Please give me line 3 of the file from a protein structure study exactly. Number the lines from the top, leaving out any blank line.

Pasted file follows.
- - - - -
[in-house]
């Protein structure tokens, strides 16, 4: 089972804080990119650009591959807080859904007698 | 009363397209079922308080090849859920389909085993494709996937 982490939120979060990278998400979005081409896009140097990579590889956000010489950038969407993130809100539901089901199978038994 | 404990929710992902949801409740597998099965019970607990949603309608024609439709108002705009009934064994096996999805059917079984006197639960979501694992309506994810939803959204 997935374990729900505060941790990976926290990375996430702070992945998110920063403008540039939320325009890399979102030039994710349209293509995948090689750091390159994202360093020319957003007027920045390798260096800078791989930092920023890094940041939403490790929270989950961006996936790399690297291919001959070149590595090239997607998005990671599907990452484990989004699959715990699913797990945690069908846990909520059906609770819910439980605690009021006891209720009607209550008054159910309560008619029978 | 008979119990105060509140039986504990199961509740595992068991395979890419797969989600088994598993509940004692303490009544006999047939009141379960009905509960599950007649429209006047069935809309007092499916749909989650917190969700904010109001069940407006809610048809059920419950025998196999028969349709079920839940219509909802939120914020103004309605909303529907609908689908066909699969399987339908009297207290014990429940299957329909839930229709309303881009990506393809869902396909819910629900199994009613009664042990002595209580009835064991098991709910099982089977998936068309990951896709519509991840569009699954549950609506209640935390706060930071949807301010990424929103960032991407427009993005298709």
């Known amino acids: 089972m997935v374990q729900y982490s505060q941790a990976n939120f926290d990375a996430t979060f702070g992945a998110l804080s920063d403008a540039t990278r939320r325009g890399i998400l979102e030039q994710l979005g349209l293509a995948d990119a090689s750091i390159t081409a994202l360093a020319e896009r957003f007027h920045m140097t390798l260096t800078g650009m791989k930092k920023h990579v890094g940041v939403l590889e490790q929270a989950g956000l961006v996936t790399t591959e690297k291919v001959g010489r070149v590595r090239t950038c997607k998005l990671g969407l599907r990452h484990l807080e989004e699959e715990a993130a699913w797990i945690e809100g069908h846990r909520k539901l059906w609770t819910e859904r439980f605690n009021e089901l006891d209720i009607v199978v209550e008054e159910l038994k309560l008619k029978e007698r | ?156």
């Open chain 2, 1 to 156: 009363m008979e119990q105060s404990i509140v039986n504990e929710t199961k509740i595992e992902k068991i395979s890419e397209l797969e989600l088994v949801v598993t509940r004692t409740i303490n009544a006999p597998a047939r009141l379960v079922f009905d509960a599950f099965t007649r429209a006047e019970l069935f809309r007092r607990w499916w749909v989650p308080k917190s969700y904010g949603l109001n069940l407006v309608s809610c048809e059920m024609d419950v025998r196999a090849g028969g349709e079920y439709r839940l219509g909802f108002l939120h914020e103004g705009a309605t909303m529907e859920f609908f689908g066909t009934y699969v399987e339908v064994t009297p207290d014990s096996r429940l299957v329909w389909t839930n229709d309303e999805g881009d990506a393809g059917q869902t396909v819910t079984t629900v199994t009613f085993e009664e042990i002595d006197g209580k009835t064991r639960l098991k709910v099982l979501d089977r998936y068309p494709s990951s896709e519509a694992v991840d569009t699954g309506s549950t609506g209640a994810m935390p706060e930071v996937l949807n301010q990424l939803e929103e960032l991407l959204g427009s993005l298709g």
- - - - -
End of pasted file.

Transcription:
């Known amino acids: 089972m997935v374990q729900y982490s505060q941790a990976n939120f926290d990375a996430t979060f702070g992945a998110l804080s920063d403008a540039t990278r939320r325009g890399i998400l979102e030039q994710l979005g349209l293509a995948d990119a090689s750091i390159t081409a994202l360093a020319e896009r957003f007027h920045m140097t390798l260096t800078g650009m791989k930092k920023h990579v890094g940041v939403l590889e490790q929270a989950g956000l961006v996936t790399t591959e690297k291919v001959g010489r070149v590595r090239t950038c997607k998005l990671g969407l599907r990452h484990l807080e989004e699959e715990a993130a699913w797990i945690e809100g069908h846990r909520k539901l059906w609770t819910e859904r439980f605690n009021e089901l006891d209720i009607v199978v209550e008054e159910l038994k309560l008619k029978e007698r | ?156």